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Wassily Kandinsky

Russian Painter

Wassily Kandinsky Photo
Born: December 4, 1866
Moscow, Russia
Died: December 13, 1944
Neuilly-sur-Seine, France
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Of all the arts, abstract painting is the most difficult. It demands that you know how to draw well, that you have a heightened sensitivity for composition and for colors, and that you be a true poet. This last is essential.
Wassily Kandinsky Signature

Summary of Wassily Kandinsky

One of the pioneers of abstract modern art, Wassily Kandinsky exploited the evocative interrelation between color and form to create an aesthetic experience that engaged the sight, sound, and emotions of the public. He believed that total abstraction offered the possibility for profound, transcendental expression and that copying from nature only interfered with this process. Highly inspired to create art that communicated a universal sense of spirituality, he innovated a pictorial language that only loosely related to the outside world, but expressed volumes about the artist's inner experience. His visual vocabulary developed through three phases, shifting from his early, representational canvases and their divine symbolism to his rapturous and operatic compositions, to his late, geometric and biomorphic flat planes of color. Kandinsky's art and ideas inspired many generations of artists, from his students at the Bauhaus to the Abstract Expressionists after World War II.

Key Ideas

Biography of Wassily Kandinsky

Detail of Serbian stamp commemorating 150 years since Wassily Kandinsky's birth

Modernist abstraction could not have asked for a more charismatic and visionary theorist than Kandinsky - the highest ideals he pursued through his many travels and friendships.

Important Art by Wassily Kandinsky

Der Blaue Reiter (The Blue Rider) (1903)

Der Blaue Reiter (The Blue Rider) (1903)

This breakthrough work is a deceptively simple image - a lone rider racing across a landscape - yet it represented a decisive moment in Kandinsky's developing style. In this painting, he demonstrated a clear stylistic link to the work of the Impressionists, like Claude Monet, particularly evident in the contrasts of light and dark on the sun-dappled hillside. The ambiguity of the form of the figure on horseback rendered in a variety of colors that almost blend together foreshadow his interest in abstraction. The theme of the horse and rider reappeared in many of his later works. For Kandinsky this motif signified his resistance against conventional aesthetic values as well as the possibilities for a purer, more spiritual life through art.

Der Blaue Berg (The Blue Mountain) (1908-09)

Der Blaue Berg (The Blue Mountain) (1908-09)

In this work, the influence of the Fauves on Kandinsky's color palette is apparent as he distorted colors and moved away from the natural world. He presented a bright blue mountain, framed by a red and yellow tree on either side. In the foreground, riders on horseback charge through the scene. At this stage in Kandinsky's career, Saint John's Book of Revelation became a major literary source for his art, and the riders signify the four horsemen of the apocalypse. The horsemen, although an indicator of the mass destruction of the apocalypse, also represent the potential for redemption afterward.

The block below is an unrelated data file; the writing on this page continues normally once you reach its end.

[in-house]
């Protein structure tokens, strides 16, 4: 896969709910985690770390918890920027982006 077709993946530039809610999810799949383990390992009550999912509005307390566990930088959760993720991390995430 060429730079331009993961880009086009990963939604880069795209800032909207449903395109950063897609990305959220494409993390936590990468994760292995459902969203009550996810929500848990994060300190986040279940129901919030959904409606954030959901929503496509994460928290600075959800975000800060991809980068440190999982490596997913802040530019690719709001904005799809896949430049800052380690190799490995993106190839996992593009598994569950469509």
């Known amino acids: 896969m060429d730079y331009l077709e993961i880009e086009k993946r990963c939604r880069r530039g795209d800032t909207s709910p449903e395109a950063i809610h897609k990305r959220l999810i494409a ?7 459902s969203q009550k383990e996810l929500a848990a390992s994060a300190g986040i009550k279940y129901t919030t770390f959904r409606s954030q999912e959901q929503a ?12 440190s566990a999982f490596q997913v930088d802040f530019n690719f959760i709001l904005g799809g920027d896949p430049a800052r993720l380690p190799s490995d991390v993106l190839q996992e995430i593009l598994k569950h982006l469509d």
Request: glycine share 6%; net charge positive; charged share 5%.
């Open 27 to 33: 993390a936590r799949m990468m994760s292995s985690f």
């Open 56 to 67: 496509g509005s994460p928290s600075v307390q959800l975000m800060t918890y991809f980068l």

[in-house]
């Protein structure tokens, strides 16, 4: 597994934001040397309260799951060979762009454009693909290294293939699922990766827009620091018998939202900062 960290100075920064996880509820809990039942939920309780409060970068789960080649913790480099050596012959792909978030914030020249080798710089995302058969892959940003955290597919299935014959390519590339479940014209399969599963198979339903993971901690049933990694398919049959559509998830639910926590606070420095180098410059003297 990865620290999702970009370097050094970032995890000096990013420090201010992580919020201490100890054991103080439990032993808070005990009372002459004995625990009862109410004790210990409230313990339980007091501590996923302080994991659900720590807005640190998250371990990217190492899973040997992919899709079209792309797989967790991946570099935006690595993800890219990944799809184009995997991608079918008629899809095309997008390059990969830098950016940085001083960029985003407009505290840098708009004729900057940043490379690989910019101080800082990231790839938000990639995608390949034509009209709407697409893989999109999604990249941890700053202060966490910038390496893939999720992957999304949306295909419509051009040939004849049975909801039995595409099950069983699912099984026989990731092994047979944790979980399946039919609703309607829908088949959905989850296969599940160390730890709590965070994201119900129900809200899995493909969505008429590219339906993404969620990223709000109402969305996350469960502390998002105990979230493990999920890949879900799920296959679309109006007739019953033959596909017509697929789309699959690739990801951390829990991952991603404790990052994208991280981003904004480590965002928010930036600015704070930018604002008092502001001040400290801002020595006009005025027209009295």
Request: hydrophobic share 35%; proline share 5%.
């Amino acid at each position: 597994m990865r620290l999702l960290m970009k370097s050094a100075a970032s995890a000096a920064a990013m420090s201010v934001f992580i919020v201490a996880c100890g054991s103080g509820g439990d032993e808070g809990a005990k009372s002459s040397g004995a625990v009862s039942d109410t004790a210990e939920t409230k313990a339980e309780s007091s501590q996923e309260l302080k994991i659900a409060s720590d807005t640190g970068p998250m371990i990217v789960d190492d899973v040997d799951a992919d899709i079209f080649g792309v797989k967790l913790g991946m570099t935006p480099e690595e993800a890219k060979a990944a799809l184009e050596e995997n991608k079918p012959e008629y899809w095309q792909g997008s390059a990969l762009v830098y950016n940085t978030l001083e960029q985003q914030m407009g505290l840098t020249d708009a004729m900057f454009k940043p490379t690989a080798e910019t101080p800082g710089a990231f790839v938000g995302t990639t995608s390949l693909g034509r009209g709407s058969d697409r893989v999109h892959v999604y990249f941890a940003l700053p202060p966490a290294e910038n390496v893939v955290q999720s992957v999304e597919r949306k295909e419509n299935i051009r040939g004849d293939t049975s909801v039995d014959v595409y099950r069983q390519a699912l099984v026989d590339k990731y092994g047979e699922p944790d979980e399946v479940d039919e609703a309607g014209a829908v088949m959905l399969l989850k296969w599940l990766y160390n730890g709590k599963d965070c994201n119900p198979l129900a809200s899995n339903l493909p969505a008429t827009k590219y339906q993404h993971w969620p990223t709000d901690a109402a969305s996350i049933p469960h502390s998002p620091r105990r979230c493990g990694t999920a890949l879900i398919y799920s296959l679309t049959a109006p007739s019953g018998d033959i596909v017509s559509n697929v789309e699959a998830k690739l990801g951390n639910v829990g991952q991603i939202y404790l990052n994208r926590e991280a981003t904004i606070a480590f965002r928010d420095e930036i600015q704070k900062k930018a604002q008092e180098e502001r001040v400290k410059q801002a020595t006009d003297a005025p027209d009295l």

Kandinsky's vibrant palette and expressive brushwork provide the viewer with a sense of hope rather than despair. Further, the brilliant colors and dark outlines recall his love of the Russian folk art. These influences would remain part of Kandinsky's style throughout the rest of his career, with bright colors dominating his representational and non-objective canvases. From this figurative and highly symbolic work, Kandinsky progressed further towards pure abstraction. The forms are already schematized from their observable appearance in the surrounding world in this canvas, and his abstraction only progressed as Kandinsky refined his theories about art.

Composition IV (1911)

Composition IV (1911)

Hidden within the bright swaths of color and the clear black lines of Composition IV, Kandinsky portrayed several Cossacks with lances, as well as boats, reclining figures, and a castle on a hilltop. As with many paintings from this period, he represented the apocalyptic battle that would lead to eternal peace. The notion of battle is conveyed by the Cossacks, while the calm of the flowing forms and reclining figures on the right alludes to the peace and redemption to follow. In order to facilitate his development of a non-objective style of painting, as described in his text Concerning the Spiritual in Art (1912), Kandinsky reduced objects to pictographic symbols. Through his elimination of most references to the outside world, Kandinsky expressed his vision in a more universal manner, distilling the spiritual essence of the subject through these forms into a visual vocabulary. Many of these symbolic figures were repeated and refined in later works, becoming further and further abstracted as Kandinsky developed his mature, purely abstract style.

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Content compiled and written by Eve Griffin

Edited and published by The Art Story Contributors

"Wassily Kandinsky Artist Overview and Analysis". [Internet]. . TheArtStory.org
Content compiled and written by Eve Griffin
Edited and published by The Art Story Contributors
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First published on 01 Feb 2013. Updated and modified regularly
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